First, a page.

I love scripture writing–it often goes hand-in-hand with my journaling time. This week though, I brought it into my meditations, and what a blessing it was!
God saw all that he had made, and it was very good. And there was evening, and there was morning–the sixth day.Genesis 1:31
My Reflections on Scripture Writing
Writing scripture has always come naturally to my journaling process. I’ve always found that the connection between my eyes, hands, and mind gives me ownership of the words I’m writing. But I hadn’t really brought it fully into my meditation process until this week.
Some may not distinguish between the two practices, but I do. Journaling is my thoughts, words, and feelings going out into the world–sometimes to God, sometimes to you guys, sometimes to my imagined self.
Meditation, on the other hand, is an openness to the presence of God, allowing Him to make me aware of Himself in any way He’d like. It includes quiet, stillness, listening, experiencing, and receiving. It’s gazing upon Him and His words, allowing them to roll around in my head as long as they’d like.
I struggle to express what’s going on within me in the meditation examples each week, for those are far too many words for what actually happens. It’s more about imagery, emotion, and releasing, which is hard to explain.
Using Scripture Writing as a Meditation
So I assumed adding scripture writing into my meditation time would be a distraction–far too much movement for my taste. But I was pleasantly surprised! I’m not sure I’ll do this every week, but here’s a quick rundown of what I did. As always, this is between you and God, so make it your own!
- Slowly (very slowly) write out the scripture while allowing your mind to rest on each word as you put it down.
- Take moments of silence every time scripture brings forth an image, curiosity, or an emotion. Yes–stop writing in the middle of the verse if something catches your eye.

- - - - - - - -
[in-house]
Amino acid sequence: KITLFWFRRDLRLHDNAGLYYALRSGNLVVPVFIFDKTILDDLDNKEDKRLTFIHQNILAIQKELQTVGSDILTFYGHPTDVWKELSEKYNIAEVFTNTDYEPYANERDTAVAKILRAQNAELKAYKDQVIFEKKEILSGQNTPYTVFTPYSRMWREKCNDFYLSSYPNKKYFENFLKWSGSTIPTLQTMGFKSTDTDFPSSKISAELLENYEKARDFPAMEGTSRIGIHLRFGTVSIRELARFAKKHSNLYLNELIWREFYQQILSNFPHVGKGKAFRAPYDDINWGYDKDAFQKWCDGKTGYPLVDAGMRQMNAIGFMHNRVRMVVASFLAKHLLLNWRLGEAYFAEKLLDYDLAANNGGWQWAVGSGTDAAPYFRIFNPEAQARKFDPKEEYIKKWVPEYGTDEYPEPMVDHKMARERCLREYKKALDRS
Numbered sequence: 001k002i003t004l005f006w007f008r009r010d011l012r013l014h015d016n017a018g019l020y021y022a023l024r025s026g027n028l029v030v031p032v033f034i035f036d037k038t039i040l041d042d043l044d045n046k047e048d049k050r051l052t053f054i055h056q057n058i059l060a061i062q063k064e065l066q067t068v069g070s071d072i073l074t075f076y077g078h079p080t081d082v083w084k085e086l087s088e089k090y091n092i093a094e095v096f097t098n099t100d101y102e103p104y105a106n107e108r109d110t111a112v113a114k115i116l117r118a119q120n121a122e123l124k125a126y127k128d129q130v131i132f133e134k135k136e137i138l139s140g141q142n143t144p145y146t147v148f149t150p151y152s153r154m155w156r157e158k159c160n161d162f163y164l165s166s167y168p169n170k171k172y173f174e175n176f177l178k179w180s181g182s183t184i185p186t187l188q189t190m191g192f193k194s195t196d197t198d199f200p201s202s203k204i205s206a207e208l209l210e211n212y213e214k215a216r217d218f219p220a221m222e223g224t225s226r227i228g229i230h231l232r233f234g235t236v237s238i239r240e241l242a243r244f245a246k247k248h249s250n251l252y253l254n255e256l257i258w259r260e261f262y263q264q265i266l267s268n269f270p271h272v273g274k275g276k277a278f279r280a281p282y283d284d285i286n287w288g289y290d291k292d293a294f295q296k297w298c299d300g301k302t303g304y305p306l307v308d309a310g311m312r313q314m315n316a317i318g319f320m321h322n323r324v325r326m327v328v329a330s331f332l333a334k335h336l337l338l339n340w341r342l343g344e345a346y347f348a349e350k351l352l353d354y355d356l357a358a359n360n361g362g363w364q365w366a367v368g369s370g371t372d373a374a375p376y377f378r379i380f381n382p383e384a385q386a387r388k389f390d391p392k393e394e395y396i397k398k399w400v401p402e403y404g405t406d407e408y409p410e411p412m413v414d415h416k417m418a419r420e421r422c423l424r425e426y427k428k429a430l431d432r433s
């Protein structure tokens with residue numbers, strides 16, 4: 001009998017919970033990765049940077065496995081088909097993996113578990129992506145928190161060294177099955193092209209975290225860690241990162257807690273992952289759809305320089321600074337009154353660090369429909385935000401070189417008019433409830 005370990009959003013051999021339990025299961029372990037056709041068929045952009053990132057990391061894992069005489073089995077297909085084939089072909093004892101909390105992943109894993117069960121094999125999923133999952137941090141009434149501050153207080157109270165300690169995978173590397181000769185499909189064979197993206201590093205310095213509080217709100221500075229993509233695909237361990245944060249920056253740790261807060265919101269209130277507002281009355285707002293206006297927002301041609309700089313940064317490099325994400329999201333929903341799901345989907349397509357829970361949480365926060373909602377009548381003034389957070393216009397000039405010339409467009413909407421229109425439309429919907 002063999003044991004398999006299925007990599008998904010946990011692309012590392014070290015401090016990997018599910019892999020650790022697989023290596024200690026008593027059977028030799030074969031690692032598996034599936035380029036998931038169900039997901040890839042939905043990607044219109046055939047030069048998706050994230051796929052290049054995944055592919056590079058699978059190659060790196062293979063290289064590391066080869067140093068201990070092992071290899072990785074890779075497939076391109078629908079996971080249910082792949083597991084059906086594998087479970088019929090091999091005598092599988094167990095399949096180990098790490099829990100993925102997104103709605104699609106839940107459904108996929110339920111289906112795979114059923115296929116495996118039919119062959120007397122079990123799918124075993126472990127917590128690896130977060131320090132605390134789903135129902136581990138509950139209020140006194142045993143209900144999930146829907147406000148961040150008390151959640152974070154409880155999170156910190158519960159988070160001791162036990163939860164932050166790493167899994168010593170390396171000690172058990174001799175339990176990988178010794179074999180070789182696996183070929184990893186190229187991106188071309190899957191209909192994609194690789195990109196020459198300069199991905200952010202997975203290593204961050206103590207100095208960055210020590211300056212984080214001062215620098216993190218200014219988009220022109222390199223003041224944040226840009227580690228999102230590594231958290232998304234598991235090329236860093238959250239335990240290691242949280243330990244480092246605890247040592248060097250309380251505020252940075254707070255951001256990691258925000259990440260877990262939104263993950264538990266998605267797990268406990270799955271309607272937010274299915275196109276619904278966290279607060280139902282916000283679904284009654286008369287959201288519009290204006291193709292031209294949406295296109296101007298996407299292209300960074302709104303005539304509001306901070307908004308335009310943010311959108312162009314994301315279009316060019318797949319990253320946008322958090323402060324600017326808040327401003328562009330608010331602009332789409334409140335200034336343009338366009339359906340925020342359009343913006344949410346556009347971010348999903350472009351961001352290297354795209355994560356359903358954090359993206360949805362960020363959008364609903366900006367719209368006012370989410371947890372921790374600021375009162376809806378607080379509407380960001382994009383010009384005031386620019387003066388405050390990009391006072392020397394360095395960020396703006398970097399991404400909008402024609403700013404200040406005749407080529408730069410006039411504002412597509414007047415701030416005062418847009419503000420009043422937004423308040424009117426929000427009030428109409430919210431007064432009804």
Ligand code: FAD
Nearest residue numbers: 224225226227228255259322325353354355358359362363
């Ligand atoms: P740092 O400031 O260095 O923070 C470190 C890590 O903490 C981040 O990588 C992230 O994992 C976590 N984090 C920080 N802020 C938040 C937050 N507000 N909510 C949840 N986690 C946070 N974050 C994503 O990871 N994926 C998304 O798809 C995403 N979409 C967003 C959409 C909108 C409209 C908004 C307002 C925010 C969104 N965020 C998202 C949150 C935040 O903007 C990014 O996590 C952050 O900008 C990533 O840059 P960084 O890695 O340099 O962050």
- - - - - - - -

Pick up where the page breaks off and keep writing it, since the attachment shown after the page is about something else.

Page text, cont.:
- Finish the verse (if you want to), and go back to the beginning. Mark the first place the Spirit moved in you. Underline it.
- Rest your eyes on that word, allow the Lord to speak to you through His Word in your handwriting. What a beautiful combination that is!
- Do it again the next day with the same verse.
A quick note about repetition (you may have noticed I do that a lot around here!)–Repetition can either be boring and tedious, or it can allow you to get the “thinking” out of the way with the first pass or two, so that transformation can begin when you experience it a third, fourth or hundredth time. You have to have the correct attitude toward repetition for it to be effective.
My Experience This Week
As I worked through the process each day, I encountered a subtle shift in focus and connotation.
I pondered God really seeing His creation: across the expanse of the world and across time. He saw me then; He sees me now. He saw it all, not just the perfection of the beginning, but the fall, the redemption, the end . . . and it was very good.
The process convicted me anew of His ownership of everything: He created, and He was pleased. It’s all His. Always has been; always will be. With that in mind, I focused on being a part of His creation, instead of me being a creator myself.
I settled into the rhythms of “ there was evening, and there was morning” that have been established from the beginning. This natural, and holy, passing of time. About 12 hours of daylight, and 12 hours of darkness . . . God created it and worked within those boundaries.
I focused on submitting to His holy, natural rhythms.
A Gift For You
I loved this practice so much, that I’ve decided to include it in my free weekly printables that my subscribers receive. You also get journaling worksheets, bookmarks, and weekly emails with meditations delivered every Monday morning. Get yours now.
I’d love to hear what you’ve been meditating on this week. Were you focused on our weekly verse? Or did the Lord lead you somewhere else?
Feel free to comment here or in our Facebook group.